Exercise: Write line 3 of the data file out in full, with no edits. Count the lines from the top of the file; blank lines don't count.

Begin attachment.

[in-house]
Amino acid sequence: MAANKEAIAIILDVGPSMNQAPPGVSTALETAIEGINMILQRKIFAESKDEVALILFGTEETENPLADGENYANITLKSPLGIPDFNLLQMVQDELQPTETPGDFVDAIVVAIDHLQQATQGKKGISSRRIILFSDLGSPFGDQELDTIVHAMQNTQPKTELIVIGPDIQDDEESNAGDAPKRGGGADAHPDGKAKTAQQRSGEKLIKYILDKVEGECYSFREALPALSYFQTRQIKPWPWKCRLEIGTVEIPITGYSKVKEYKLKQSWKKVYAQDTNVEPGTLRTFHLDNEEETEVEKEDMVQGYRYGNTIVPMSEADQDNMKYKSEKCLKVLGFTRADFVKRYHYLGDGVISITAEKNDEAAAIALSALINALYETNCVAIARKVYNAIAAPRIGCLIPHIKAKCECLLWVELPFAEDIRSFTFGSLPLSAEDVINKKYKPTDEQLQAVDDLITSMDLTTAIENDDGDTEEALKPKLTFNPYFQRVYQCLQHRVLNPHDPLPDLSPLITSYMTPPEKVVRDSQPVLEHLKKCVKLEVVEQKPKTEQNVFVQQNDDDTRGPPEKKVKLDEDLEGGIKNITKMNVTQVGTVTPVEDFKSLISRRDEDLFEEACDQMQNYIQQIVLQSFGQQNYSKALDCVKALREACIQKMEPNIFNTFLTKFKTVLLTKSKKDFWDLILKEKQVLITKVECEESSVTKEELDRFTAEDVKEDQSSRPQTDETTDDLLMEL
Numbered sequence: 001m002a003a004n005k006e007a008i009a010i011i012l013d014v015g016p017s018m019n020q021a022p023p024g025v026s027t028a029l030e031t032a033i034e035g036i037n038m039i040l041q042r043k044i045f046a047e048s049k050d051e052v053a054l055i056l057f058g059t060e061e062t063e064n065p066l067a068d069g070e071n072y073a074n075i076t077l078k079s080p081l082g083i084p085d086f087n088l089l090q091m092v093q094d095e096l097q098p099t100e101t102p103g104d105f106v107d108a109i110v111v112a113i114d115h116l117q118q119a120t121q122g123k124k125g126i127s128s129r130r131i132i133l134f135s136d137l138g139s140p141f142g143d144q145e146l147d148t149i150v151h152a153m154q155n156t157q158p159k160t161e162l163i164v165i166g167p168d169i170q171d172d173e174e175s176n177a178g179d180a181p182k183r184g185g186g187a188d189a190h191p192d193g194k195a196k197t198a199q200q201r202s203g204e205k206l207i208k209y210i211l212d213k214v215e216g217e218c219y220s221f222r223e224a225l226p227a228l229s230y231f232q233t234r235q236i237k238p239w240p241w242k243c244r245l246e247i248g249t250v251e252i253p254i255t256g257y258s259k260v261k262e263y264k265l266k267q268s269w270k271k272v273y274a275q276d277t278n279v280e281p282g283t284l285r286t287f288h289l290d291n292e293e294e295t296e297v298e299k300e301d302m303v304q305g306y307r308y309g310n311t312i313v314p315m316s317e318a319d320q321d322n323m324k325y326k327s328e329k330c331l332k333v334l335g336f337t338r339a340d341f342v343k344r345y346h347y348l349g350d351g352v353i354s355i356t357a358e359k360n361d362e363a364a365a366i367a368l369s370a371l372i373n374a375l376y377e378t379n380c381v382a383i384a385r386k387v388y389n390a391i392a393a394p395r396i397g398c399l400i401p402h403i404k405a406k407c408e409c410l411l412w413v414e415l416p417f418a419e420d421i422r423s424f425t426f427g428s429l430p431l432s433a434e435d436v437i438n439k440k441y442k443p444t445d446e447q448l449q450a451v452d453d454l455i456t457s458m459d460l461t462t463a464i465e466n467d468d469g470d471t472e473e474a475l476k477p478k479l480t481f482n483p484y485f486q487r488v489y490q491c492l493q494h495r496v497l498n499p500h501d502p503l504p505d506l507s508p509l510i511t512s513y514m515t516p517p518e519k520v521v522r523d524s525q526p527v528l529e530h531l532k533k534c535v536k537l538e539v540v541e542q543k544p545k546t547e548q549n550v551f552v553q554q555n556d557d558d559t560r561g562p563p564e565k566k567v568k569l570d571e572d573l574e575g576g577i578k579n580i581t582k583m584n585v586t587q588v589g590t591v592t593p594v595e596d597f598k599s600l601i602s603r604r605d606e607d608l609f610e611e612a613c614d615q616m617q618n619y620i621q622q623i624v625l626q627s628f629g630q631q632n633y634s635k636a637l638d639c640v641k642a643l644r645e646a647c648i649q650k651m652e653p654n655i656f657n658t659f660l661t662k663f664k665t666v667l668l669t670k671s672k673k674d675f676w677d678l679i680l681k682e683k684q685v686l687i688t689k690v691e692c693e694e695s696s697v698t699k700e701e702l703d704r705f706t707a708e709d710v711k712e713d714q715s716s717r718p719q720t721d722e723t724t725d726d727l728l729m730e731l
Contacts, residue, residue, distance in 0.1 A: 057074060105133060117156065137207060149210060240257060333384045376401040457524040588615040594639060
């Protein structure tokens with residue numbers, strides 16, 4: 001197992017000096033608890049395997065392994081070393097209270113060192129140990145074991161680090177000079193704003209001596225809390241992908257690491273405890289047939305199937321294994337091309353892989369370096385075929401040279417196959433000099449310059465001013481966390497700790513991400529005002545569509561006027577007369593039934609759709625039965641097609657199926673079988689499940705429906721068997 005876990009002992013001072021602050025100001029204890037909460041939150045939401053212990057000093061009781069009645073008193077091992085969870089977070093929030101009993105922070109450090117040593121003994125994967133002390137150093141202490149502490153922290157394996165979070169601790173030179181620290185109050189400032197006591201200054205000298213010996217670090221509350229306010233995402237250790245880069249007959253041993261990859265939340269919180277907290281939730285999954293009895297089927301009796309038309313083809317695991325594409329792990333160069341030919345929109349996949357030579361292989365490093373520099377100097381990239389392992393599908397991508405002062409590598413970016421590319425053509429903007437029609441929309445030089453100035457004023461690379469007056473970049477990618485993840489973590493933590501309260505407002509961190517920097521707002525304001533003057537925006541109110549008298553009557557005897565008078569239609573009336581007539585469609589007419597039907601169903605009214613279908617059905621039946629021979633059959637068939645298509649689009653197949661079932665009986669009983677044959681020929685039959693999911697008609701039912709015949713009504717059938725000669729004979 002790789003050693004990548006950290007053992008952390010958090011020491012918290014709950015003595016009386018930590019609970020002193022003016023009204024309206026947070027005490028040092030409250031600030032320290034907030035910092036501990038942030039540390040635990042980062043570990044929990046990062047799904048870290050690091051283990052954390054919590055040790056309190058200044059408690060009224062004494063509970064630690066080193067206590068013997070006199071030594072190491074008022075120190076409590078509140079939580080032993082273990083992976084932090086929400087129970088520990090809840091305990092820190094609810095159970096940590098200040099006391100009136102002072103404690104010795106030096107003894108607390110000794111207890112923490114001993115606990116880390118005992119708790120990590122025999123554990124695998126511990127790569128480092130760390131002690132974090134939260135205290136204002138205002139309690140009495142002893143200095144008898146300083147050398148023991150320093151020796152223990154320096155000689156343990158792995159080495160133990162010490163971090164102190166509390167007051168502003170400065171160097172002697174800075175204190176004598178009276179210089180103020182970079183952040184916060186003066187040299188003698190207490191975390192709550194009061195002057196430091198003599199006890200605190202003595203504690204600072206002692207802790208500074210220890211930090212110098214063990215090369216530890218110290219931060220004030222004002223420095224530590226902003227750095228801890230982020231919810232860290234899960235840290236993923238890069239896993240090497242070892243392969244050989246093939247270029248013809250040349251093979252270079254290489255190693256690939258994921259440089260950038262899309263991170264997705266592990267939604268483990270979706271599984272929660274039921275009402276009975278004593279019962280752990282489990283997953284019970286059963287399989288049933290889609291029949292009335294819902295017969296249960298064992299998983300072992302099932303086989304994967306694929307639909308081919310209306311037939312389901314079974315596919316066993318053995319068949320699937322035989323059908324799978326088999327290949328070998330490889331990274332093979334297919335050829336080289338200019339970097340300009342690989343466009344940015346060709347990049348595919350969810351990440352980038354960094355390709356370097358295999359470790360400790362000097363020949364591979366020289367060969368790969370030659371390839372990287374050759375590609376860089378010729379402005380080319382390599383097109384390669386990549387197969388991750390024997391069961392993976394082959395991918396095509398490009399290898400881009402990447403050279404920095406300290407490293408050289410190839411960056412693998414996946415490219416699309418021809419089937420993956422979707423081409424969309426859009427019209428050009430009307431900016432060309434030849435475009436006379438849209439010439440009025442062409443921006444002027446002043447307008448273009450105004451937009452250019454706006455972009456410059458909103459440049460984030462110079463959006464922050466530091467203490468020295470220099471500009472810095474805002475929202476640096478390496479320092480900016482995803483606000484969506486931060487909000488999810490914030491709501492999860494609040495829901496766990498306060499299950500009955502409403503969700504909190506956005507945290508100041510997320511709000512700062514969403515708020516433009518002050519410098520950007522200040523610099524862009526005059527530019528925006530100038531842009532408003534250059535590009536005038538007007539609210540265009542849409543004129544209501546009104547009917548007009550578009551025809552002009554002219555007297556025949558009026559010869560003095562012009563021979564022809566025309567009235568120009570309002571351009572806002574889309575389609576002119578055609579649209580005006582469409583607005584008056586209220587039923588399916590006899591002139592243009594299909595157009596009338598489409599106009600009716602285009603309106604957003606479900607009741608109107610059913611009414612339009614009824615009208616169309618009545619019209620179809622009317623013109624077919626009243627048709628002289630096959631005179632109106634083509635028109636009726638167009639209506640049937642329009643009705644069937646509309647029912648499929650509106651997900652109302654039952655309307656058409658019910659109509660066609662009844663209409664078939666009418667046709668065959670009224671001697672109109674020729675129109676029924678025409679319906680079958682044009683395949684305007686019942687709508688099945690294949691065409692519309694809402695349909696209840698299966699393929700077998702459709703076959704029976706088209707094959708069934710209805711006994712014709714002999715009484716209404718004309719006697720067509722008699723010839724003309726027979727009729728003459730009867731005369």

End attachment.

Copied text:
Numbered sequence: 001m002a003a004n005k006e007a008i009a010i011i012l013d014v015g016p017s018m019n020q021a022p023p024g025v026s027t028a029l030e031t032a033i034e035g036i037n038m039i040l041q042r043k044i045f046a047e048s049k050d051e052v053a054l055i056l057f058g059t060e061e062t063e064n065p066l067a068d069g070e071n072y073a074n075i076t077l078k079s080p081l082g083i084p085d086f087n088l089l090q091m092v093q094d095e096l097q098p099t100e101t102p103g104d105f106v107d108a109i110v111v112a113i114d115h116l117q118q119a120t121q122g123k124k125g126i127s128s129r130r131i132i133l134f135s136d137l138g139s140p141f142g143d144q145e146l147d148t149i150v151h152a153m154q155n156t157q158p159k160t161e162l163i164v165i166g167p168d169i170q171d172d173e174e175s176n177a178g179d180a181p182k183r184g185g186g187a188d189a190h191p192d193g194k195a196k197t198a199q200q201r202s203g204e205k206l207i208k209y210i211l212d213k214v215e216g217e218c219y220s221f222r223e224a225l226p227a228l229s230y231f232q233t234r235q236i237k238p239w240p241w242k243c244r245l246e247i248g249t250v251e252i253p254i255t256g257y258s259k260v261k262e263y264k265l266k267q268s269w270k271k272v273y274a275q276d277t278n279v280e281p282g283t284l285r286t287f288h289l290d291n292e293e294e295t296e297v298e299k300e301d302m303v304q305g306y307r308y309g310n311t312i313v314p315m316s317e318a319d320q321d322n323m324k325y326k327s328e329k330c331l332k333v334l335g336f337t338r339a340d341f342v343k344r345y346h347y348l349g350d351g352v353i354s355i356t357a358e359k360n361d362e363a364a365a366i367a368l369s370a371l372i373n374a375l376y377e378t379n380c381v382a383i384a385r386k387v388y389n390a391i392a393a394p395r396i397g398c399l400i401p402h403i404k405a406k407c408e409c410l411l412w413v414e415l416p417f418a419e420d421i422r423s424f425t426f427g428s429l430p431l432s433a434e435d436v437i438n439k440k441y442k443p444t445d446e447q448l449q450a451v452d453d454l455i456t457s458m459d460l461t462t463a464i465e466n467d468d469g470d471t472e473e474a475l476k477p478k479l480t481f482n483p484y485f486q487r488v489y490q491c492l493q494h495r496v497l498n499p500h501d502p503l504p505d506l507s508p509l510i511t512s513y514m515t516p517p518e519k520v521v522r523d524s525q526p527v528l529e530h531l532k533k534c535v536k537l538e539v540v541e542q543k544p545k546t547e548q549n550v551f552v553q554q555n556d557d558d559t560r561g562p563p564e565k566k567v568k569l570d571e572d573l574e575g576g577i578k579n580i581t582k583m584n585v586t587q588v589g590t591v592t593p594v595e596d597f598k599s600l601i602s603r604r605d606e607d608l609f610e611e612a613c614d615q616m617q618n619y620i621q622q623i624v625l626q627s628f629g630q631q632n633y634s635k636a637l638d639c640v641k642a643l644r645e646a647c648i649q650k651m652e653p654n655i656f657n658t659f660l661t662k663f664k665t666v667l668l669t670k671s672k673k674d675f676w677d678l679i680l681k682e683k684q685v686l687i688t689k690v691e692c693e694e695s696s697v698t699k700e701e702l703d704r705f706t707a708e709d710v711k712e713d714q715s716s717r718p719q720t721d722e723t724t725d726d727l728l729m730e731l